A Closer Look At The Principles Of Fluid Dynamics As They Relate To Orthoses

Dennis Kiper, DPM

Fluid technology may enhance foot alignment and dynamic stability for walking and running. This author draws on 20 years of empirical experience to provide insights on fluid dynamic orthosis technology, including silicone dynamic orthotics.

Approximately 20 years ago, the late Martin Krinsky, DPM, originated his concept of externally replacing the plantar fat pad that had atrophied from pathological states. His thought was to fill the tarsus completely with a “cushion” of viscous fluid silicone, just enough to allow a minimum but necessary amount of pronation/supination movement. There would be no compartments in the template so the fluid would move under the various loads of the weightbearing and pronatory forces. The volume of fluid would be just enough to enable the primary weightbearing points of the foot during stance phase to have full contact with the ground and full enough to support the arch.

   Pressure mat tests first became available (Dynamic Pedobarograph) in 1990 and one was able to see the registered “ground reaction forces” (GRFs) and loading that patients produced barefoot (see figure 1 at right). Krinsky subsequently calibrated a volume of fluid and asked a test subject to repeat a gait cycle wearing the silicone dynamic orthotic in a tight fitting sock to hold it in place so he could see the same barefoot test with orthotic support (see figure 2 at left).

   This procedure confirmed a redistribution of the GRF under the total surface area of the foot including the tarsus. Some areas of higher pressure decreased while other areas of lower pressure increased. The average pressure gradient at heel strike was lower, the GRF under the tarsus was very low and evenly distributed, and the GRFs for the entire forefoot were more evenly distributed and essentially reduced. The resulting pressure pattern of the test subject with the silicone dynamic orthotic produced a more balanced gait picture. Additionally, each metatarsal was peaking uniformly closer to the same time in stance.

   Krinsky interpreted these changes as more efficient functioning of pronation movement forces. It appeared to Krinsky that in order to produce the resultant balance, the fluid was hydrodynamically supporting the planes of motion at the tarsus.

   Krinsky repeated this procedure over a period of six months with a variety of people from all walks of life, sedentary and active, with and without lower extremity problems. In each case, they demonstrated a change in gait efficiency.

   Researchers presented a study of the silicone insert (based on Krinsky’s model) at the 21st Annual Meeting of the American Society of Biomechanics.1 The study corroborates Krinsky’s observation and interpretation of the pedobarograph readings. The silicone dynamic orthotic reduced rearfoot pronation movement in both time and pressure at the rearfoot and forefoot as well. “These results suggest that these silicone gel insoles have beneficial effects for managing elevated plantar pressure,” notes the study.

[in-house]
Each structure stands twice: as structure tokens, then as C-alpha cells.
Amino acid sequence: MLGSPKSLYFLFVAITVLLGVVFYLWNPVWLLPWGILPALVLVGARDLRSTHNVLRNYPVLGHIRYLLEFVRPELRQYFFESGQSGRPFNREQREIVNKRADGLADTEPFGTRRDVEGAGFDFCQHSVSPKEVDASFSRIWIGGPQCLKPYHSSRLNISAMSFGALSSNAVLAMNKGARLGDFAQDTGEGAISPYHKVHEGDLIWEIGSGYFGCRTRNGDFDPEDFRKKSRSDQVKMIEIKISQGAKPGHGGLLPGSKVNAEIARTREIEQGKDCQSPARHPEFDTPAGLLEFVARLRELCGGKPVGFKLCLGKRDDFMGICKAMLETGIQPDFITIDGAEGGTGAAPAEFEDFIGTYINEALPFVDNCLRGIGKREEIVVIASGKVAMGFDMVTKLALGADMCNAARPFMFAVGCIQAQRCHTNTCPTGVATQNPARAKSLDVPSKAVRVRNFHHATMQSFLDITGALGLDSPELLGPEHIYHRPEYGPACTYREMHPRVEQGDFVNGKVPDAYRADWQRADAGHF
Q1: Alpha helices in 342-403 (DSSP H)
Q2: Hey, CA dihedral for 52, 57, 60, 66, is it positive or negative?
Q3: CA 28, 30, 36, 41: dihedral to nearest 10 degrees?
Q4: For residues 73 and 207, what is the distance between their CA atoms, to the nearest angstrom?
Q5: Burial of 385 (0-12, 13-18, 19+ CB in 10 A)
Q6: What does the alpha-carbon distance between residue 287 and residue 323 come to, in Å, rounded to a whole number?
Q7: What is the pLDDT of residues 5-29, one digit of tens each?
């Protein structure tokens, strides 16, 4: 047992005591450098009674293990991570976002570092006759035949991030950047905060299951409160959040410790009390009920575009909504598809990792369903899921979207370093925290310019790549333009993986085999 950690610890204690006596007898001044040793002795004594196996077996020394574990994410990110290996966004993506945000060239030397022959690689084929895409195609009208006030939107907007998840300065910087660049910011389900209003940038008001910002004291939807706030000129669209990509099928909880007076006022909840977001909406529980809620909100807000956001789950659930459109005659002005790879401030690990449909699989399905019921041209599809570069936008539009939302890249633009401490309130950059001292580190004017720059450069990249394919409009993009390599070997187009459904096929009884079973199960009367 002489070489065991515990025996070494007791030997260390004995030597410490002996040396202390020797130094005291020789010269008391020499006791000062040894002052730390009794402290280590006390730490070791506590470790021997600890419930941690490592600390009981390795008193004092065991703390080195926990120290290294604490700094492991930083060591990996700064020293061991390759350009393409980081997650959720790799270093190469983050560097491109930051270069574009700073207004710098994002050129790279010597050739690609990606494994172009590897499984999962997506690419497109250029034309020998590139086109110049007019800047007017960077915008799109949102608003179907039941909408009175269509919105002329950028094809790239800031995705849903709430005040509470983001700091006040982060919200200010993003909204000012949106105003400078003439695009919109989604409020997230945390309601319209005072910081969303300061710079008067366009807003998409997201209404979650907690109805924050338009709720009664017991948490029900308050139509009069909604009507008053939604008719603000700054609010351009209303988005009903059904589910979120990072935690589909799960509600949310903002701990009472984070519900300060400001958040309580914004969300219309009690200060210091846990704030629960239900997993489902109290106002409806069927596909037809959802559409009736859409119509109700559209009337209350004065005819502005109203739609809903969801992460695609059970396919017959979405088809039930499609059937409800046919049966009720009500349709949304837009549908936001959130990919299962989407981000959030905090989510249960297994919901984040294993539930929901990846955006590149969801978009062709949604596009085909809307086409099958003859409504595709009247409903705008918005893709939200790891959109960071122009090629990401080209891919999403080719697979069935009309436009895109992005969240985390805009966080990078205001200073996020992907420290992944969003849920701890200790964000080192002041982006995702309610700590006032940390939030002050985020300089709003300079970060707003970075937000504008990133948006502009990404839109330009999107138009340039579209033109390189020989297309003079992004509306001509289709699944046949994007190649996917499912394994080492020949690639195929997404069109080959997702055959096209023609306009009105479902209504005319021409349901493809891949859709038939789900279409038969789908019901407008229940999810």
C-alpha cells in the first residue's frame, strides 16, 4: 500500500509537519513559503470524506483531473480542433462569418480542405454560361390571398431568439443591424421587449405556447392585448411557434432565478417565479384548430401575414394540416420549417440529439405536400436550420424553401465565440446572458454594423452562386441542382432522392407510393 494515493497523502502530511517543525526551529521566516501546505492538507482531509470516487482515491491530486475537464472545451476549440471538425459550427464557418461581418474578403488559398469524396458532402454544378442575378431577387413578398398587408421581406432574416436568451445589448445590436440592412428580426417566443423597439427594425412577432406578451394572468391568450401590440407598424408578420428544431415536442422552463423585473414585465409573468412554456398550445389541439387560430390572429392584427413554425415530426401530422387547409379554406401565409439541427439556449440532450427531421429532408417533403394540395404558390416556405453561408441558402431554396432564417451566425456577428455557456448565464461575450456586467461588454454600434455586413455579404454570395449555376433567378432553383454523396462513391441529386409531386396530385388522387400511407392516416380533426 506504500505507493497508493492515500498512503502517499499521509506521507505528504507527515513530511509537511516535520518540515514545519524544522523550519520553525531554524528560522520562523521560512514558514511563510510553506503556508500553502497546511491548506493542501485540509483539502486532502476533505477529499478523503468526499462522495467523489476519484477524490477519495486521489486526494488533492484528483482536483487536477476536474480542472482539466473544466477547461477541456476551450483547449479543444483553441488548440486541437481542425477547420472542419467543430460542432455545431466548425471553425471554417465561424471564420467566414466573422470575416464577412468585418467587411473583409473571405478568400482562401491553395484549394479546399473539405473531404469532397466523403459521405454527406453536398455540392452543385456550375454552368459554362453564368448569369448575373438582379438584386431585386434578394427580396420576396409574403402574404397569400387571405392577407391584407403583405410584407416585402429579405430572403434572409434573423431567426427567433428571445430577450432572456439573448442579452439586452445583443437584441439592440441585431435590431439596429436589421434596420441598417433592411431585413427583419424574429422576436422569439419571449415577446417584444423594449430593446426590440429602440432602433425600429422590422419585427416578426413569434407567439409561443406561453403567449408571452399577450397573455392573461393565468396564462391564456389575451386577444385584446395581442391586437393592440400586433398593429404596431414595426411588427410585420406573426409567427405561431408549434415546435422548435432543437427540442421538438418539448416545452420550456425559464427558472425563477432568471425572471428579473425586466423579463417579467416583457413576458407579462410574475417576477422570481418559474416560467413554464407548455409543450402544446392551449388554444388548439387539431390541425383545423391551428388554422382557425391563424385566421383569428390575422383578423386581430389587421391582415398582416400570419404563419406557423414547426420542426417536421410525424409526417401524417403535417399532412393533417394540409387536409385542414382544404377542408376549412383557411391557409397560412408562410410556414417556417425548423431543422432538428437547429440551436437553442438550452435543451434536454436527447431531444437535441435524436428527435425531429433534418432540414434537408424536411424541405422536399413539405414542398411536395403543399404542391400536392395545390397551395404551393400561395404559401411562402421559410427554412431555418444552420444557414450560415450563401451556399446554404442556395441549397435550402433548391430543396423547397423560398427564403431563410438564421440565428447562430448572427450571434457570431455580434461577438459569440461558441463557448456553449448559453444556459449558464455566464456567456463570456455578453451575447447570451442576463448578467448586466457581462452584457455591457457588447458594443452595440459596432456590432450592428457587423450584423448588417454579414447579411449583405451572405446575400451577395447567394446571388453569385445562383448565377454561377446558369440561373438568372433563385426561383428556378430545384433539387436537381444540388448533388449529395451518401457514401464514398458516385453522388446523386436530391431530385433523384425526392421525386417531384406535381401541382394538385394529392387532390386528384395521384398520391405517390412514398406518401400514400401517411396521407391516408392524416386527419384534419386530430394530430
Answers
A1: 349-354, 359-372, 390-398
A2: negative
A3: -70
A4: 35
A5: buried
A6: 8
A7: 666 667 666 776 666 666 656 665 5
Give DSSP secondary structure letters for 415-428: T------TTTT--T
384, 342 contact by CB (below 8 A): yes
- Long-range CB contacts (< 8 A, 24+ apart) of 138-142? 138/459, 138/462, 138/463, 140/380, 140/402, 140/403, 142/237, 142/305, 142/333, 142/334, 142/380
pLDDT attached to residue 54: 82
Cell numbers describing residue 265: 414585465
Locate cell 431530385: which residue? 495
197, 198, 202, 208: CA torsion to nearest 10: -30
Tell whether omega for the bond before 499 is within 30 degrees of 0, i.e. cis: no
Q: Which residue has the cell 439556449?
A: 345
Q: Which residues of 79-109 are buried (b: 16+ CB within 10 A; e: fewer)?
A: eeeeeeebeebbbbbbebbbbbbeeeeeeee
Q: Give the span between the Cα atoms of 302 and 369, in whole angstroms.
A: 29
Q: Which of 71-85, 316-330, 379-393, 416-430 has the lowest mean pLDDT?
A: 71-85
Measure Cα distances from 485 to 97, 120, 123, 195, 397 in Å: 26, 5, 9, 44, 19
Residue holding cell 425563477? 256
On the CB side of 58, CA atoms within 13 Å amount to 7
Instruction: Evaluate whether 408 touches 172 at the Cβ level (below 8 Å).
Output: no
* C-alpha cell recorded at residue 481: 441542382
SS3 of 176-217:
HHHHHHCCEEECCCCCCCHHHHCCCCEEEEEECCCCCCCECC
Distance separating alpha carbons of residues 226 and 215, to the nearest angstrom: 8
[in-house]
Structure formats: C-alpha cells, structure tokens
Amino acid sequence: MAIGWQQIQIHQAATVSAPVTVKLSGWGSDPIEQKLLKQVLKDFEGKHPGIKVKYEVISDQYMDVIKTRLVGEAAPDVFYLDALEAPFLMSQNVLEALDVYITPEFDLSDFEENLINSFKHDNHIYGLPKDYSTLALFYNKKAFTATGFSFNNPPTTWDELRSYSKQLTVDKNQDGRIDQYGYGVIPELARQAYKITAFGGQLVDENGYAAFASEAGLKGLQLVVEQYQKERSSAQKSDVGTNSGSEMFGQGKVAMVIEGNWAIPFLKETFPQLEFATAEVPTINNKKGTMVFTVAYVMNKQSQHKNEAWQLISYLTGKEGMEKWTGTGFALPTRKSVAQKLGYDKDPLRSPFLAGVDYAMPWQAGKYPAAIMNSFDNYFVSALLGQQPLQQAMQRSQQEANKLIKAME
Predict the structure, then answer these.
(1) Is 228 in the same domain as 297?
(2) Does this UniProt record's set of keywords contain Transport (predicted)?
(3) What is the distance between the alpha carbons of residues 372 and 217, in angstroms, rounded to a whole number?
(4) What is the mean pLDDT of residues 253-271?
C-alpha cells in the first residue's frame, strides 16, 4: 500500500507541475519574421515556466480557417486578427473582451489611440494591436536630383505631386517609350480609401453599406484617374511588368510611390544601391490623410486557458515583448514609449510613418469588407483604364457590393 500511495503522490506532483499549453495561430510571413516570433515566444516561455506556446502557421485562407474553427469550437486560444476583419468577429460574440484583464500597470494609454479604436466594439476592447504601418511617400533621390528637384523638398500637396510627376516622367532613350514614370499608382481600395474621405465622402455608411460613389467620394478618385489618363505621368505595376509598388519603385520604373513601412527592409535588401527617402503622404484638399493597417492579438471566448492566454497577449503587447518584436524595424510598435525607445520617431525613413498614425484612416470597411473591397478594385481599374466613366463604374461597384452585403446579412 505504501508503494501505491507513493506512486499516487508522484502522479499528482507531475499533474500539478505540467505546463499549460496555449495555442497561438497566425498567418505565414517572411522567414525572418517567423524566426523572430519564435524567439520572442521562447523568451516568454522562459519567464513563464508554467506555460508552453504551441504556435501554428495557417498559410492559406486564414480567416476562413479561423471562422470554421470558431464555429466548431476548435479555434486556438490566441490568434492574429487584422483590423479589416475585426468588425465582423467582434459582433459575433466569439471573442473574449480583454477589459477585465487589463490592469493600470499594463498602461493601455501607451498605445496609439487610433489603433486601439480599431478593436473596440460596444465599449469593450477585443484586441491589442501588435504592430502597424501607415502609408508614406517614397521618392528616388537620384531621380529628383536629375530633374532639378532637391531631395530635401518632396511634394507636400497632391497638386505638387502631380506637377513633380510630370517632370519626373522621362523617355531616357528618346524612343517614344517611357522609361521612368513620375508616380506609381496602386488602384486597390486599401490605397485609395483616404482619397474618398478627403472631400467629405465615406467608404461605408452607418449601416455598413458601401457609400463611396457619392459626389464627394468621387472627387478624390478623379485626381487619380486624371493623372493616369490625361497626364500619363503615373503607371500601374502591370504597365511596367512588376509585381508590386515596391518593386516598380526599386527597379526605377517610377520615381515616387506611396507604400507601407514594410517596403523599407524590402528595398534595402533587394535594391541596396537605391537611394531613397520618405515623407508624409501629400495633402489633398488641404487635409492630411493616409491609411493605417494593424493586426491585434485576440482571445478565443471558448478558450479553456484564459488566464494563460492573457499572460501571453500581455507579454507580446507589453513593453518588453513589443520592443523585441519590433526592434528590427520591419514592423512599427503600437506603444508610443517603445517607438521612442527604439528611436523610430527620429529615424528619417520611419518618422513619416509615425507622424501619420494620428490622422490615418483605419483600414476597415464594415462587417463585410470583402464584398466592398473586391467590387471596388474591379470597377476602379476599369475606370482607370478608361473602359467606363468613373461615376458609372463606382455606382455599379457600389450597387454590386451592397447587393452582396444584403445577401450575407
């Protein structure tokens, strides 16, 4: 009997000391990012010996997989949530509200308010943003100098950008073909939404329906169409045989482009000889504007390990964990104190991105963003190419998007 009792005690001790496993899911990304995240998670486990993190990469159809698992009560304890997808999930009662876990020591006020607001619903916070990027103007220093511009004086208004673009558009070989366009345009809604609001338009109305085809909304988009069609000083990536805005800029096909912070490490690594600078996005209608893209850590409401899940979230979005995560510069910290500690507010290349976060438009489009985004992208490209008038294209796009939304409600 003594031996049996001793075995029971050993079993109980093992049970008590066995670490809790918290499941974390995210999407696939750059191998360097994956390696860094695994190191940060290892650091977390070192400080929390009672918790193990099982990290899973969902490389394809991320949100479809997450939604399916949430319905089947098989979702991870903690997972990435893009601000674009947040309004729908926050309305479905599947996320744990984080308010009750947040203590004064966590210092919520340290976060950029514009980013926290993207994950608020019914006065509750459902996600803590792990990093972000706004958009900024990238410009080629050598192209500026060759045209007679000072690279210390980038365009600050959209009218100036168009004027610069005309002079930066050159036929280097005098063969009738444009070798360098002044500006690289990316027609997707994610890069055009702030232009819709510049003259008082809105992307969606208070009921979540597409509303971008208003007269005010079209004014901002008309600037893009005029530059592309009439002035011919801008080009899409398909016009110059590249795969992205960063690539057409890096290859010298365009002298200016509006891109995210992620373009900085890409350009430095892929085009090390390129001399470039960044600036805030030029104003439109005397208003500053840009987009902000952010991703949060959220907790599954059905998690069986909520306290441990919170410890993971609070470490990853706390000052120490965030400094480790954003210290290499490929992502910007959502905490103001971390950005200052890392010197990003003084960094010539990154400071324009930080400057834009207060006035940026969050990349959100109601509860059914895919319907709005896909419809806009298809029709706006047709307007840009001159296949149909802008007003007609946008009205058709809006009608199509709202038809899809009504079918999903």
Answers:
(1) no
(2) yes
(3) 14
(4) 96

A Closer Look At The Literature

One of the tenets of Merton Root, DPM, (the father of podiatric biomechanics) is that the midtarsal joint needs to “resupinate after pronation” to lock the tarsus in the sagittal plane to allow for efficient propulsion.2 Since we are talking dynamic motion, rather than the term “lock,” I will substitute the term “stabilize.”


Although I thought this article was generally weak and had "cherry-picked" the literature along the way, I do believe that fluid dynamic technology could be successfully incorporated into foot orthoses. I don't believe the present iteration which Dr. Kiper markets is necessarily the best way to incorporate that technology, but I should be happy to work with this technology in the development of more advanced foot orthoses.

Dr. Spooner,

I am curious about a couple of things you said. First, you stated that the article was “weak"? What do you mean by weak? Can you be more specific? Then you stated that I had “cherry-picked” the literature. Doesn't one normally try to support the statements and concepts made by using the research of others? I think I did that. I articulated the mechanics of motion and biomechanics, and I've indicated several points of principles of physics applied to these orthoses.

There isn't any science basis for traditional orthoses that I'm aware of. Perhaps that has changed. Can you enlighten me on this?

Why don't you address these things? Why don't you pick apart what I've said specifically and offer us a more constructive criticism rather than be so vague?

Lastly, you mentioned that you'd be glad to work with the technology in the development of more advanced orthoses. Perhaps you're not familiar with the Pedobarograph, but for an experienced clinician in biomechanics, I think it is simple to read. After all, when I first saw this technology and ran tests with Dr. Krinsky, we recognized right away that it shows a very improved gait efficiency with the orthoses versus without the orthoses. How much more advanced would you make this orthotic based on that?

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